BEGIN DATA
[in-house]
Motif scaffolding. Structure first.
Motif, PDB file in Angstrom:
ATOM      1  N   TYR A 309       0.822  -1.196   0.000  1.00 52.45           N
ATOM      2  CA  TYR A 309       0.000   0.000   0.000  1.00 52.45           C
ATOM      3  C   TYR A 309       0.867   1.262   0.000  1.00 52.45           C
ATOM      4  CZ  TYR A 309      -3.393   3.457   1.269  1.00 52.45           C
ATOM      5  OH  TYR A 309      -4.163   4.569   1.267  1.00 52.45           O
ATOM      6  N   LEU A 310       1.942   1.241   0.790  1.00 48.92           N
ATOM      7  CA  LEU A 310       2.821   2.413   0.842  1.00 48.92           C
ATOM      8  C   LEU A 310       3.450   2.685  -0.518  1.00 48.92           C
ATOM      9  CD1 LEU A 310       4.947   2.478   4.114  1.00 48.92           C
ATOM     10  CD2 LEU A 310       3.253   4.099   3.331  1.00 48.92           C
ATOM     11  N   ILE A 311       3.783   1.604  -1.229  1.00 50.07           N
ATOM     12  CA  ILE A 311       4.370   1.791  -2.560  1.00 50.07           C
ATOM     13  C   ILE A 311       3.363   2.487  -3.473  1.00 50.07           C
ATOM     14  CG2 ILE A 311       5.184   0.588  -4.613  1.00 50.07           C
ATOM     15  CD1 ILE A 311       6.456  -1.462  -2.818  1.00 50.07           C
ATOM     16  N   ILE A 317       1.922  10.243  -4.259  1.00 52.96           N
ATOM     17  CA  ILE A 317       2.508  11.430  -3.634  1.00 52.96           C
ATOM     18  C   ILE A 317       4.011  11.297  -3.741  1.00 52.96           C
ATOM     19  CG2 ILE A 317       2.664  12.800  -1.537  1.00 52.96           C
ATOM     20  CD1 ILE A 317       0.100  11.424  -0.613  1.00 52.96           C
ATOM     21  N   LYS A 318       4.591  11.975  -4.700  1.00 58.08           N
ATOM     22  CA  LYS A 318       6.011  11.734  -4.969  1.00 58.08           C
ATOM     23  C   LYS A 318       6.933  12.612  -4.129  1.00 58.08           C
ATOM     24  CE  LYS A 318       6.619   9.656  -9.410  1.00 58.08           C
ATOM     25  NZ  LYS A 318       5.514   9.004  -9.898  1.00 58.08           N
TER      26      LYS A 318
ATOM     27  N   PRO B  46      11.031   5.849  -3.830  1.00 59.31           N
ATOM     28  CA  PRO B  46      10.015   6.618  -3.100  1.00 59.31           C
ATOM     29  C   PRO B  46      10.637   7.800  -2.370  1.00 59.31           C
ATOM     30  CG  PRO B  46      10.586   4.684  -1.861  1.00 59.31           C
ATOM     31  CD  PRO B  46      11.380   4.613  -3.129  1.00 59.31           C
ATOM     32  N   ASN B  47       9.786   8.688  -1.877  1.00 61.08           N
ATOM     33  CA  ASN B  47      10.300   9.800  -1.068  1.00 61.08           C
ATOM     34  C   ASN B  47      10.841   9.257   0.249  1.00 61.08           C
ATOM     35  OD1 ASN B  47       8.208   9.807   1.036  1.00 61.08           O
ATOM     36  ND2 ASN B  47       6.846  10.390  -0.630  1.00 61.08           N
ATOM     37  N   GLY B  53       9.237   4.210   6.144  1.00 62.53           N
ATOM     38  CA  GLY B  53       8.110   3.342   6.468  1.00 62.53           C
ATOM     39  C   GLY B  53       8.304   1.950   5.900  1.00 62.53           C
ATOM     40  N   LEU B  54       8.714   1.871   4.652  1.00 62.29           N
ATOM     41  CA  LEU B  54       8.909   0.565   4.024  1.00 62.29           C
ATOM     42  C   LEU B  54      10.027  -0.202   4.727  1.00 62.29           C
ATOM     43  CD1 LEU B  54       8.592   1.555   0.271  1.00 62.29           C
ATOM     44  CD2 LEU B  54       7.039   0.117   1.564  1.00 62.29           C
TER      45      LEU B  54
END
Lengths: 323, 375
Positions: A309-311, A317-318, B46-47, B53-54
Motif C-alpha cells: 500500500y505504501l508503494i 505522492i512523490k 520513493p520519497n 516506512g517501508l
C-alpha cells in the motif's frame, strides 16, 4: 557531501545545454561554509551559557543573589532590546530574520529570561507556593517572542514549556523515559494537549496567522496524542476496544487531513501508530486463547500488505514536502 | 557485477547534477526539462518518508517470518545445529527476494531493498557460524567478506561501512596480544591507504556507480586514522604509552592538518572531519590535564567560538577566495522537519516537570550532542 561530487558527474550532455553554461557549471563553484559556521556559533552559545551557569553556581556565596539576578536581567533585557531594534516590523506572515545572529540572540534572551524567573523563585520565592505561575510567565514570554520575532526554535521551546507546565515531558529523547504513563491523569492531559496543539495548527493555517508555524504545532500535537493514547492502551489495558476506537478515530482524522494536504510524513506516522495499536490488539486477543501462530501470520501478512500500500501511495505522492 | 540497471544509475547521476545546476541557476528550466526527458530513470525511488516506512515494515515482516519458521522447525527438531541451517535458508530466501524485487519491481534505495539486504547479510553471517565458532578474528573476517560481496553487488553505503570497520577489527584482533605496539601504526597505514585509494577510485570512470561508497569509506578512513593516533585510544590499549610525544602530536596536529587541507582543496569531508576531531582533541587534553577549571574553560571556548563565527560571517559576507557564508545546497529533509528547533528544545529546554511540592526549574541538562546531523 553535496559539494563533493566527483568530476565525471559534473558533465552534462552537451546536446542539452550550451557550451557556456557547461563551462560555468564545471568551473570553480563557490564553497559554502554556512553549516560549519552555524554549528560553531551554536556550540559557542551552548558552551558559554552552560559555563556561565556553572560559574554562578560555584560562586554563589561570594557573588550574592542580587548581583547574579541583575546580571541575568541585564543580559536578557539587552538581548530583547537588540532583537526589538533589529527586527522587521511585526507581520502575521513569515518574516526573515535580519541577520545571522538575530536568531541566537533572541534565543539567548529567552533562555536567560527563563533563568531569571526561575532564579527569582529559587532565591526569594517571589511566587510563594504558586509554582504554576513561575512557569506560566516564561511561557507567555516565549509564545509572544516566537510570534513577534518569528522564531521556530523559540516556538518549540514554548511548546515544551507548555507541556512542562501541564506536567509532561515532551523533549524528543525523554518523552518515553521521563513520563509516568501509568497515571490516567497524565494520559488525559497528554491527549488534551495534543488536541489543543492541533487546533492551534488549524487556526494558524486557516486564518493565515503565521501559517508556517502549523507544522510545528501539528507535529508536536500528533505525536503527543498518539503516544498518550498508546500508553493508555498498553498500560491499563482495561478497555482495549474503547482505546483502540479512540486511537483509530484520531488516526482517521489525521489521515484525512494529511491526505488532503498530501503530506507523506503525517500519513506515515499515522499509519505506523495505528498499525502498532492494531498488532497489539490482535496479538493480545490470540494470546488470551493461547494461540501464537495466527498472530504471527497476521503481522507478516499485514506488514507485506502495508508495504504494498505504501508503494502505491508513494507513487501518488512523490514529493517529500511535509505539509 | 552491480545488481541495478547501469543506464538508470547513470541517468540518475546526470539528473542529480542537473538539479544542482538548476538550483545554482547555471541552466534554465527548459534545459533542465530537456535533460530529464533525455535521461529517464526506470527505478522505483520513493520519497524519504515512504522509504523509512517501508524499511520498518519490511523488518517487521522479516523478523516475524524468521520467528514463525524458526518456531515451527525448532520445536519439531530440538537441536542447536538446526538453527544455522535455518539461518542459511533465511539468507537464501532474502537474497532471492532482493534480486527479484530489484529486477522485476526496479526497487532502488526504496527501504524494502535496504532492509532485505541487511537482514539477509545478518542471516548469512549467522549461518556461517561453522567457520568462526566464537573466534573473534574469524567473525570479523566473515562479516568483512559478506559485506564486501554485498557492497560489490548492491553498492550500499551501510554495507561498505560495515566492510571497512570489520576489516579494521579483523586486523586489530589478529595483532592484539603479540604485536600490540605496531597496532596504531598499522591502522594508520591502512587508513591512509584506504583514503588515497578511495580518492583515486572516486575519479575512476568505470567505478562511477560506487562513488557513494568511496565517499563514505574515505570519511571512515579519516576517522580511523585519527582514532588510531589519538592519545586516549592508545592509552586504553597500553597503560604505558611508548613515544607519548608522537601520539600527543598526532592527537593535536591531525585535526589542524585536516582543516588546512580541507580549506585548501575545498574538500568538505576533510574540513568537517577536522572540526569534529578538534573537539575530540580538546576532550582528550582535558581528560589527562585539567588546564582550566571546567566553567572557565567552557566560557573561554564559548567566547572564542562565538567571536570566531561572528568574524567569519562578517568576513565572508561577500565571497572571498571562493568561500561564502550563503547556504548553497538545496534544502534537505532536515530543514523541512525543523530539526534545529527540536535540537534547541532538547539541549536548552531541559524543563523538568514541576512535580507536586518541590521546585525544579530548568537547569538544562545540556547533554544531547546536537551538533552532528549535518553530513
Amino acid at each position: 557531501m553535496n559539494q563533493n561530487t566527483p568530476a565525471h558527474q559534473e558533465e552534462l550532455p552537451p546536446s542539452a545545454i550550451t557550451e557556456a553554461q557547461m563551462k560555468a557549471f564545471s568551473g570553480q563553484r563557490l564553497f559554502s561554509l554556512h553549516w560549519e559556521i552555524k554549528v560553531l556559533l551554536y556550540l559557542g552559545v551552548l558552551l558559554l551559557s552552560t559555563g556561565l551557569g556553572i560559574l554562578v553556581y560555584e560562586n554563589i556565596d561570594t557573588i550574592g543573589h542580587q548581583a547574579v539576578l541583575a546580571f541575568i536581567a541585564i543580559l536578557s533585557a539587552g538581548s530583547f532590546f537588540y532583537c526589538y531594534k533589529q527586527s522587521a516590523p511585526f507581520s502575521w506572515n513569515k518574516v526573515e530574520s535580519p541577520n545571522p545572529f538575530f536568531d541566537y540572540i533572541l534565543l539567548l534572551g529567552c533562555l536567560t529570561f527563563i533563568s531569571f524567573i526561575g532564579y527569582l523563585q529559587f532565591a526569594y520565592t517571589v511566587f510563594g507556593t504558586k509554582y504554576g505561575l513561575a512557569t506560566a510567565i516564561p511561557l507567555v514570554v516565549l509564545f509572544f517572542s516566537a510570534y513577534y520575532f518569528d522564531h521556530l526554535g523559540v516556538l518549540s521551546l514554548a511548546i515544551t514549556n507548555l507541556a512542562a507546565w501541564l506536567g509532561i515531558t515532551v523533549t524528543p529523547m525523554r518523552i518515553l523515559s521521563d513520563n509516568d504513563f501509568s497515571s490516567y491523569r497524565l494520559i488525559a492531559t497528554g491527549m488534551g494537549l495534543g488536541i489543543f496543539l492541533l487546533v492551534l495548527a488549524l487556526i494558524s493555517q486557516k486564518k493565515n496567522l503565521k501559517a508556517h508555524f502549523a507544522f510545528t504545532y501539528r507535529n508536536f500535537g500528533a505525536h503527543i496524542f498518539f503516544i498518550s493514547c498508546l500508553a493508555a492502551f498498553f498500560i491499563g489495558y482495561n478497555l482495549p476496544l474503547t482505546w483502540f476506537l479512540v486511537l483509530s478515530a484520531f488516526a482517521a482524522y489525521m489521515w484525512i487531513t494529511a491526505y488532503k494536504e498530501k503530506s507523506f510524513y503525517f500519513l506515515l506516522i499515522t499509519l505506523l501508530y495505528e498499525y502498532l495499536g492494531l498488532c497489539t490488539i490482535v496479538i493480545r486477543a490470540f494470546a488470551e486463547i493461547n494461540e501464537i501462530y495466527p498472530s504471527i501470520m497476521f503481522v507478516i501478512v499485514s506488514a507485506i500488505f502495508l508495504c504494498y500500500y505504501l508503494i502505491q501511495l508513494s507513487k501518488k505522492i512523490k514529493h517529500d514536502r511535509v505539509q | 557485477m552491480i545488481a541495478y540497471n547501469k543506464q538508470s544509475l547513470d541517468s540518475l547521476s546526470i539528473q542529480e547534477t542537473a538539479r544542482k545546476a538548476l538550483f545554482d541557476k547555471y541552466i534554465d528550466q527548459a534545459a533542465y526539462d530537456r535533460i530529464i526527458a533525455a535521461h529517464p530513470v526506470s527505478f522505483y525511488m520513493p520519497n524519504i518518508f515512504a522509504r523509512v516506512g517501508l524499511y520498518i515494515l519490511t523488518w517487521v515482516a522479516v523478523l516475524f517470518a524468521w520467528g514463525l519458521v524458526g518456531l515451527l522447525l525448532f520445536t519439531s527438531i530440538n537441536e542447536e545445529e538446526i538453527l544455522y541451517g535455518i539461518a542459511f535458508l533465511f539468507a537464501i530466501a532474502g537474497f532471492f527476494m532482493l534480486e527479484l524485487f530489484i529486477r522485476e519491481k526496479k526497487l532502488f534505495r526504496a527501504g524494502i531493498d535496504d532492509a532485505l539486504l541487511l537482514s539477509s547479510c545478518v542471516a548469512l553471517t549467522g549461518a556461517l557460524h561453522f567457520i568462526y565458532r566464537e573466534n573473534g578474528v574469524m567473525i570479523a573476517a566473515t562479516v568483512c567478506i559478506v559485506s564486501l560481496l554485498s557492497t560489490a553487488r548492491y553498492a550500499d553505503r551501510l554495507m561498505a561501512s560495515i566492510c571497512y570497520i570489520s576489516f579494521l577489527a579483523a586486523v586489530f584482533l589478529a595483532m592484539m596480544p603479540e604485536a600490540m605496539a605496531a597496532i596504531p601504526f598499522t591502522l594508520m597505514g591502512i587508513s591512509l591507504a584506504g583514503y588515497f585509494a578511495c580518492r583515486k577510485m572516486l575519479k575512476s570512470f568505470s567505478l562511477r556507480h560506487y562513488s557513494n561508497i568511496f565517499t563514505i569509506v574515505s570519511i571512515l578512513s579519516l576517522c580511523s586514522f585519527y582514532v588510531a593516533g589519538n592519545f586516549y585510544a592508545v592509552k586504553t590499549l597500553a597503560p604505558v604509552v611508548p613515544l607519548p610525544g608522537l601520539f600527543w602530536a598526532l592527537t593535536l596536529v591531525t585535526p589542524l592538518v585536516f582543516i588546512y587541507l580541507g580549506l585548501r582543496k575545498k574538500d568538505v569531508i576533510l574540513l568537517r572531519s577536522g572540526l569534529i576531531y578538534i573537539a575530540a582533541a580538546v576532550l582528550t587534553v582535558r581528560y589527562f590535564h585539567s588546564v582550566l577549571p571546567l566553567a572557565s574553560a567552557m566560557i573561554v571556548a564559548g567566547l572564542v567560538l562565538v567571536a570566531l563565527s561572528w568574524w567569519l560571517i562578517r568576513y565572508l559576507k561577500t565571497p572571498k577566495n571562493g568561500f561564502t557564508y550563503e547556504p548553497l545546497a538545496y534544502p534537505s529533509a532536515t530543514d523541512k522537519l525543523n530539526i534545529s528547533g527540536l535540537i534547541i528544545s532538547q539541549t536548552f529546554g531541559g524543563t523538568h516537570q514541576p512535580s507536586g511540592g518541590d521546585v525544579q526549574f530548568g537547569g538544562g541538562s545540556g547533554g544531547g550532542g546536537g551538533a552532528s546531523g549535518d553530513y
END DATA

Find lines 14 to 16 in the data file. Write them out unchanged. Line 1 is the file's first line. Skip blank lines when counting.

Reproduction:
ATOM     11  N   ILE A 311       3.783   1.604  -1.229  1.00 50.07           N
ATOM     12  CA  ILE A 311       4.370   1.791  -2.560  1.00 50.07           C
ATOM     13  C   ILE A 311       3.363   2.487  -3.473  1.00 50.07           C